The argument from incredulity is a logical fallacy where someone assumes that if they can't believe that a certain concept is true, then it must be false, and vice versa. For example, if someone doesn't understand how evolution works, they might use the argument from incredulity in order to claim that the theory of evolution must be incorrect, since they are unable to see how it could possibly be true.
... and to bring this up as part of an argument. The issue with doing so occurs when this incredulity isn’t justified or supported by concrete information, and when this lack of belief is used in order to assume that a preferred personal explanation must be the right one, despite the lack of proof.
At the same time, it’s also important to remember that it’s possible that the person using the argument from incredulity is right, despite the fact that their reasoning is flawed.
Explain why this sort of reasoning is fallacious: namely the fact that your opponent’s inability to explain a certain phenomenon or to understand a certain theory, does not invalidate current explanations for it.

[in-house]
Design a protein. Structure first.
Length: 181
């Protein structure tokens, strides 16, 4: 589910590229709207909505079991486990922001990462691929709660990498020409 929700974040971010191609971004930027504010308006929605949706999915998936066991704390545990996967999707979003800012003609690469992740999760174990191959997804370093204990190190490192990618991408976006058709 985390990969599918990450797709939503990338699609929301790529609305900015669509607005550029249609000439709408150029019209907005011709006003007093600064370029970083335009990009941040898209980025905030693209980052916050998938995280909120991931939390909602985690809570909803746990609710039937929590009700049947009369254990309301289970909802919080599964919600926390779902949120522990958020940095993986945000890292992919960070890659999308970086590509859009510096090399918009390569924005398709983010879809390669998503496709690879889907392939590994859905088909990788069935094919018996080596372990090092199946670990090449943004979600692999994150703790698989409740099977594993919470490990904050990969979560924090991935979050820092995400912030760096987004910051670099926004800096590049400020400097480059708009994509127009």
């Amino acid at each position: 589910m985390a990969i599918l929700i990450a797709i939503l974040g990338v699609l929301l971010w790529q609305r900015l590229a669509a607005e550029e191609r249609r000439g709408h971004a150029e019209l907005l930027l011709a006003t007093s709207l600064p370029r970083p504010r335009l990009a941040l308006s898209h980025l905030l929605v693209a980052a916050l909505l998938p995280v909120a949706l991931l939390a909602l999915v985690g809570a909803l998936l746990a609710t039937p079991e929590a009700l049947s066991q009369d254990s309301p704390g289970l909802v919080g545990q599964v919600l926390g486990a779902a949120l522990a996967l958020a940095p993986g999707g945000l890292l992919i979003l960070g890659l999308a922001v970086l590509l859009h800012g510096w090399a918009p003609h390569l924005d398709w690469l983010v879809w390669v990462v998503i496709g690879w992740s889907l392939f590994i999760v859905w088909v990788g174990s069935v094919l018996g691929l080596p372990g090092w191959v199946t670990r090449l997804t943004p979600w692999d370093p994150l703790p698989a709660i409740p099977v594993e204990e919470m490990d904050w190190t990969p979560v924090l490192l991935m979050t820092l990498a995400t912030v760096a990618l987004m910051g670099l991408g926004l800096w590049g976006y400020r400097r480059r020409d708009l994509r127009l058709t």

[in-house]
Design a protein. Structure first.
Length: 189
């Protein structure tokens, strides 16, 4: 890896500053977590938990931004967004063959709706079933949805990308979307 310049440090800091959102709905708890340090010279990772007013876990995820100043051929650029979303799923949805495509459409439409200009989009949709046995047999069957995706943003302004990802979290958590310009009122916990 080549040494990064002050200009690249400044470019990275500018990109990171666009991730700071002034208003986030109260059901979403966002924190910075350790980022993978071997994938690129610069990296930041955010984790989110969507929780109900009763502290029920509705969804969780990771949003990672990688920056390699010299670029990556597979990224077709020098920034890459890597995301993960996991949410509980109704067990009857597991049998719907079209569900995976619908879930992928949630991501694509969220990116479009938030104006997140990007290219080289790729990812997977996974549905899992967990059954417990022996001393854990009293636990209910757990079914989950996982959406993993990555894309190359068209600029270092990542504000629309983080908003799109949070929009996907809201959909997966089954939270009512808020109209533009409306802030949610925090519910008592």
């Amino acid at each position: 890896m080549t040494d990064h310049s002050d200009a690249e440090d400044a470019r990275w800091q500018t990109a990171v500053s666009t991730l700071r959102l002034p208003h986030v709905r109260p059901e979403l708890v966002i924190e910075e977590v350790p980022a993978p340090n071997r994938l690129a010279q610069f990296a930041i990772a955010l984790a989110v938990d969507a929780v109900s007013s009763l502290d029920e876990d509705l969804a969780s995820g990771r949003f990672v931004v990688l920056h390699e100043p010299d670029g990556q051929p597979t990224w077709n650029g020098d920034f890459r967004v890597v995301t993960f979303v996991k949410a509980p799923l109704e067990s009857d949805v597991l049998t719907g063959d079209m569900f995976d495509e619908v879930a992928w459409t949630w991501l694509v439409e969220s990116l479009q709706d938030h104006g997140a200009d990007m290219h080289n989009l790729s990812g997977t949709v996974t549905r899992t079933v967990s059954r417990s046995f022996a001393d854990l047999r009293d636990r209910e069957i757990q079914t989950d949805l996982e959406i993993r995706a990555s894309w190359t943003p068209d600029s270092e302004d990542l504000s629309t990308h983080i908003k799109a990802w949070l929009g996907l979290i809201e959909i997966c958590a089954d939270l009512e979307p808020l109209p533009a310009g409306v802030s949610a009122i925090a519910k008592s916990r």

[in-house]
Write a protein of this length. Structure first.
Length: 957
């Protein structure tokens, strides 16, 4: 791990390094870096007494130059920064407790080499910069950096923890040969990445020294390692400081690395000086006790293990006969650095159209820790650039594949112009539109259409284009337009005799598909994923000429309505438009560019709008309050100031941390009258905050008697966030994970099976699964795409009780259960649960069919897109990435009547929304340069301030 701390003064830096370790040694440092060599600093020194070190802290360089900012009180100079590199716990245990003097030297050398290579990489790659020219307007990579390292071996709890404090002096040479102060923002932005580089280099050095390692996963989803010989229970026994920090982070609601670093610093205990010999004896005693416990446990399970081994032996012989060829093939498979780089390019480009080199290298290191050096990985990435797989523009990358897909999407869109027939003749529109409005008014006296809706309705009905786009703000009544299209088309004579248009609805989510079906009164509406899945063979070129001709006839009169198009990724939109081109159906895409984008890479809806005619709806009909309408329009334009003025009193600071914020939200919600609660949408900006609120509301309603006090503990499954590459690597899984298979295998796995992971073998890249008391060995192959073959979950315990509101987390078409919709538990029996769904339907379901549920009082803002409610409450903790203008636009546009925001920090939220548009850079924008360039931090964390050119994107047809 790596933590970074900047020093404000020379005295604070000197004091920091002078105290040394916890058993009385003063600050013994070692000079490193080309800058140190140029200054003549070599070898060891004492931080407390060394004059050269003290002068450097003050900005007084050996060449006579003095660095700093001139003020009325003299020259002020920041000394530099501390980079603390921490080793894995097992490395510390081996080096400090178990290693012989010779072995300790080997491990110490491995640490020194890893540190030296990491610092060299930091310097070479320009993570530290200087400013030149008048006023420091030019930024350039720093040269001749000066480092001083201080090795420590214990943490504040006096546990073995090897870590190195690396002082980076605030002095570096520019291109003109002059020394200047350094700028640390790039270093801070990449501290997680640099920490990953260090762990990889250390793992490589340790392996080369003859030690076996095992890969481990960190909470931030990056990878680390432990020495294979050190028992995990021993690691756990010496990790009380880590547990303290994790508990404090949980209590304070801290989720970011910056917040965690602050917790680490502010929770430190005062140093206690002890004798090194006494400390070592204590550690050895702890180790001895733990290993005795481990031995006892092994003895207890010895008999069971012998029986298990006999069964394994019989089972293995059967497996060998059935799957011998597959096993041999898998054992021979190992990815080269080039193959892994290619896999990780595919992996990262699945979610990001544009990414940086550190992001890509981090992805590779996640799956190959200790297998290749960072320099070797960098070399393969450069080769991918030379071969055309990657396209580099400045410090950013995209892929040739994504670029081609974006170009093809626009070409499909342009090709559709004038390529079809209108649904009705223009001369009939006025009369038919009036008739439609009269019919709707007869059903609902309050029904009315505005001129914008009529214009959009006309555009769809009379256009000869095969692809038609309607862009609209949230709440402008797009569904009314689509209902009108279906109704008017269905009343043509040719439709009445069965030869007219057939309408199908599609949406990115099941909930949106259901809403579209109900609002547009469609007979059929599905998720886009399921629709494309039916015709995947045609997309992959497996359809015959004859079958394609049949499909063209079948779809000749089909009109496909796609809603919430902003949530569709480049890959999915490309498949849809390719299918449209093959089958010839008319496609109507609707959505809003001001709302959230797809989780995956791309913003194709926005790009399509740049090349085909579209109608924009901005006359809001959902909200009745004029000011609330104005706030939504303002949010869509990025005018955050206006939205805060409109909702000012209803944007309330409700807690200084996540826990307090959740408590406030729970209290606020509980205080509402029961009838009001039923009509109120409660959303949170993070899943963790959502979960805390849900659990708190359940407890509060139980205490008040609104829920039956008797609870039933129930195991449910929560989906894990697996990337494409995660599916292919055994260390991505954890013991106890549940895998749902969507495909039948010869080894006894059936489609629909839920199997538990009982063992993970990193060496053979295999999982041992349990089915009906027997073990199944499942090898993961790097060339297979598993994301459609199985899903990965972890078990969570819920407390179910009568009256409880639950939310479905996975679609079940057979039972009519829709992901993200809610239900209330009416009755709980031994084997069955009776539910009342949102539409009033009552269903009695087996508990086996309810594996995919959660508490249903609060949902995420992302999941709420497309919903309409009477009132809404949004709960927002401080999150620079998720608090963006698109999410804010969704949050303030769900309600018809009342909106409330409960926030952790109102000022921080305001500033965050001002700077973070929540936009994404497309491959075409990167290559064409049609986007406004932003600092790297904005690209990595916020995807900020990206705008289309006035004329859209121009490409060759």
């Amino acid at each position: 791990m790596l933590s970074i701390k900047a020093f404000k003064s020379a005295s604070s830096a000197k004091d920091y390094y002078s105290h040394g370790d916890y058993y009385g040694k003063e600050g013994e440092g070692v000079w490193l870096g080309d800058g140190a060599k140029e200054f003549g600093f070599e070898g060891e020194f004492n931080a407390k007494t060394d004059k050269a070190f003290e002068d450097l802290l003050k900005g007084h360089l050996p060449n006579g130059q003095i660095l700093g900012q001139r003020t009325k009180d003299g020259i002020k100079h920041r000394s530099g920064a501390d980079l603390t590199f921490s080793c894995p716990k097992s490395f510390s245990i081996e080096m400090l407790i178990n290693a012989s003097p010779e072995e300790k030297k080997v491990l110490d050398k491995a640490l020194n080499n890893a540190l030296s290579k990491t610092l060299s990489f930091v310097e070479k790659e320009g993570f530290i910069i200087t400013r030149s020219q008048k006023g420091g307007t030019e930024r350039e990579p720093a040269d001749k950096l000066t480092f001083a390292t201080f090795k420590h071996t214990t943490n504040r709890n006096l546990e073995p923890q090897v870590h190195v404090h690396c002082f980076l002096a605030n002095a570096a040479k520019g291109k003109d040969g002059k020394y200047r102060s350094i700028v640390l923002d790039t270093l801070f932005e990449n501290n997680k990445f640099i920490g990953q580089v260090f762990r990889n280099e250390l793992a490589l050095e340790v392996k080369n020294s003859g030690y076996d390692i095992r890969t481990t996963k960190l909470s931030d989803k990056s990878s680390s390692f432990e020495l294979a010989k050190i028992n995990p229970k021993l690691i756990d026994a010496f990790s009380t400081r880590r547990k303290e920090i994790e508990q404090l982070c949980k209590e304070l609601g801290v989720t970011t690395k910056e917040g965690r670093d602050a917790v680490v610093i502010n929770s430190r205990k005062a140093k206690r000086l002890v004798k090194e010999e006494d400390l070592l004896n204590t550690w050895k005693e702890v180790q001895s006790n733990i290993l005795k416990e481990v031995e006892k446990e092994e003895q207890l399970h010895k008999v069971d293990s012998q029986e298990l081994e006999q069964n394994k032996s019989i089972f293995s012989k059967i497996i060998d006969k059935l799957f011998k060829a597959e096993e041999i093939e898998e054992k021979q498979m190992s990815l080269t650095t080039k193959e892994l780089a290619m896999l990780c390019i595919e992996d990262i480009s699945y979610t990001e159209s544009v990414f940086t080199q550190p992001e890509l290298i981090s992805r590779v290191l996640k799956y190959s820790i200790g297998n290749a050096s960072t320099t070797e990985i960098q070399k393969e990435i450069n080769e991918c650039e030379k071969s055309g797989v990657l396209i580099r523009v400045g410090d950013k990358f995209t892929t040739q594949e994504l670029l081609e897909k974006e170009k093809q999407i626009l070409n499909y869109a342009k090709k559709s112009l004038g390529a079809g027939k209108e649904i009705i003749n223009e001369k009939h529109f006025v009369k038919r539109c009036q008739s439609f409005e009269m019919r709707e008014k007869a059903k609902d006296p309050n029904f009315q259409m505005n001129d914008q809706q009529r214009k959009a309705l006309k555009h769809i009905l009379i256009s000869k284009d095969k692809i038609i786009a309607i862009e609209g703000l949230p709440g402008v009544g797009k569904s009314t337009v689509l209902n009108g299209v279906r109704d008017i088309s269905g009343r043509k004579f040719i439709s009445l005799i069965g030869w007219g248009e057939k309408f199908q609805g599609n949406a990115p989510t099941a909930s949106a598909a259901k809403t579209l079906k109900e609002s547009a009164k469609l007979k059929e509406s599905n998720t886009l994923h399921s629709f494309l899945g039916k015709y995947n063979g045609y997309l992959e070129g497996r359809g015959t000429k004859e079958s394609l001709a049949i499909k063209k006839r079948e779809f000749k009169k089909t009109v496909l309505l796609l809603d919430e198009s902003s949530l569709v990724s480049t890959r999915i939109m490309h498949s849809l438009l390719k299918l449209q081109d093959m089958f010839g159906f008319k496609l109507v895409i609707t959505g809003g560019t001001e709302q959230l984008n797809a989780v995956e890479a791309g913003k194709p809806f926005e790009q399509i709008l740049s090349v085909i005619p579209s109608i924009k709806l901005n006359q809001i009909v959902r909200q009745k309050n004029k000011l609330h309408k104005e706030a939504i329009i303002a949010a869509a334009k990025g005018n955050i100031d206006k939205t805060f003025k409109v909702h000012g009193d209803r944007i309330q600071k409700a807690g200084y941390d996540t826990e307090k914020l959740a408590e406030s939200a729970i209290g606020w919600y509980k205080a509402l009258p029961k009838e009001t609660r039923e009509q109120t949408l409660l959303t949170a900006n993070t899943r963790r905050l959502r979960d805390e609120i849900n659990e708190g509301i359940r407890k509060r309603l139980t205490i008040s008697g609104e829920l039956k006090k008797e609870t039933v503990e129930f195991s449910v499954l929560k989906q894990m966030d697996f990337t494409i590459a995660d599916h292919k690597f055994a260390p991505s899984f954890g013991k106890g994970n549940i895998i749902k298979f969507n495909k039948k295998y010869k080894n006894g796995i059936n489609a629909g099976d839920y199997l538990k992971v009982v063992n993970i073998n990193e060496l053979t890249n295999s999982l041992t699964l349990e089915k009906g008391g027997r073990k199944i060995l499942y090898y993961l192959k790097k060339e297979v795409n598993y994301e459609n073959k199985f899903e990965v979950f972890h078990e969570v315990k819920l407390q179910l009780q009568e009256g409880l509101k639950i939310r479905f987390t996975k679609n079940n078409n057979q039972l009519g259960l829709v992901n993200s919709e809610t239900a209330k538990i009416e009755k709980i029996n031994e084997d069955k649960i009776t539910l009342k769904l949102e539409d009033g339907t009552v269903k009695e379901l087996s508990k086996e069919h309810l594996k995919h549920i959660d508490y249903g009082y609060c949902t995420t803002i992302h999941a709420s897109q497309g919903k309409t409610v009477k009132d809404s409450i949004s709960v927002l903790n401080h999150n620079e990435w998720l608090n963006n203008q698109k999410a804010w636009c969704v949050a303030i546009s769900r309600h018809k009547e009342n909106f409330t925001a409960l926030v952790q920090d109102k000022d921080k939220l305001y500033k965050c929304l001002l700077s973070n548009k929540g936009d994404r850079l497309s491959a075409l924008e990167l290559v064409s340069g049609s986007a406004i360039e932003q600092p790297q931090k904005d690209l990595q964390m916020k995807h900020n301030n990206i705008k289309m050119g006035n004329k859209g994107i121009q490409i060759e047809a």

Shift the burden of proof back to your opponent: ask them to support their initial assertion, and explain why they are incredulous, and why they think that this validates their position.
If possible, you should show that there is scientific evidence that can be used in order to explain the phenomenon that’s being discussed.
In arguments, few things are more frustrating than when you realize that someone is using bad logic, but you can't quite identify what the problem is.This rarely happens with the more well-known logical fallacies. For example, when someone in an argument starts criticizing the other person's reputat...
In this fallacy, someone behaves in a way that negatively affects others but then gets upset when others criticize their behavior. They will reply with a "mind your own business." For instance, someone who doesn't see a reason to bathe, but then boards a full 10-hour flight.